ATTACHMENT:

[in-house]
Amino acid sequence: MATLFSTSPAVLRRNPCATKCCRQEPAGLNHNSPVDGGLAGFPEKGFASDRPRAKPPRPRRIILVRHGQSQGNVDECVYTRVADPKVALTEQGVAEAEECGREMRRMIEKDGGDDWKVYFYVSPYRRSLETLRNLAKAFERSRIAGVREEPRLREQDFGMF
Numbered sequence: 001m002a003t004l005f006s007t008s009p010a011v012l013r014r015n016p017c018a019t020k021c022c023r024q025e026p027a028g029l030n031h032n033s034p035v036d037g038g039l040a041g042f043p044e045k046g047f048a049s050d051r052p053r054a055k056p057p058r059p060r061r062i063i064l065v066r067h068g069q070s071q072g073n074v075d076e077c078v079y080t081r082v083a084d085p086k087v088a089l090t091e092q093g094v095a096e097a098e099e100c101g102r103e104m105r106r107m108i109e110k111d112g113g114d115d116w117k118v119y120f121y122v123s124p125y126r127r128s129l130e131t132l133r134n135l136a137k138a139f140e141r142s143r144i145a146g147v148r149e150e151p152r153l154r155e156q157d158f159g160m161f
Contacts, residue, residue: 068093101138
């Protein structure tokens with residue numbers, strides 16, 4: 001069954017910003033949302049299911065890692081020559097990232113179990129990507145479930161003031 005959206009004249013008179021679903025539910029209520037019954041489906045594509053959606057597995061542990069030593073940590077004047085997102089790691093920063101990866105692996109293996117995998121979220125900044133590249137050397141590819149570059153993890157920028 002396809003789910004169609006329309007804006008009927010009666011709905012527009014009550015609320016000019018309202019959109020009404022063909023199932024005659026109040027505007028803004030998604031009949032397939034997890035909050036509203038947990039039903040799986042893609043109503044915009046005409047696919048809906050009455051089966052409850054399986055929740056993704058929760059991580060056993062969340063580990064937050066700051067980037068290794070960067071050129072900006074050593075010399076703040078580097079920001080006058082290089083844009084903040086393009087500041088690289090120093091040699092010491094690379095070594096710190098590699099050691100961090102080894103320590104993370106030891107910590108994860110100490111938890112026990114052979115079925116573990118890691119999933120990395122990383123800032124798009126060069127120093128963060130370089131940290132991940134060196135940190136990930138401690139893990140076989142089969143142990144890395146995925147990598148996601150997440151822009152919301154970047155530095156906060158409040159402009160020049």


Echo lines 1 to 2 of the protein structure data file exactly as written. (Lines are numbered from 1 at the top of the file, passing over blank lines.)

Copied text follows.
[in-house]
Amino acid sequence: MATLFSTSPAVLRRNPCATKCCRQEPAGLNHNSPVDGGLAGFPEKGFASDRPRAKPPRPRRIILVRHGQSQGNVDECVYTRVADPKVALTEQGVAEAEECGREMRRMIEKDGGDDWKVYFYVSPYRRSLETLRNLAKAFERSRIAGVREEPRLREQDFGMF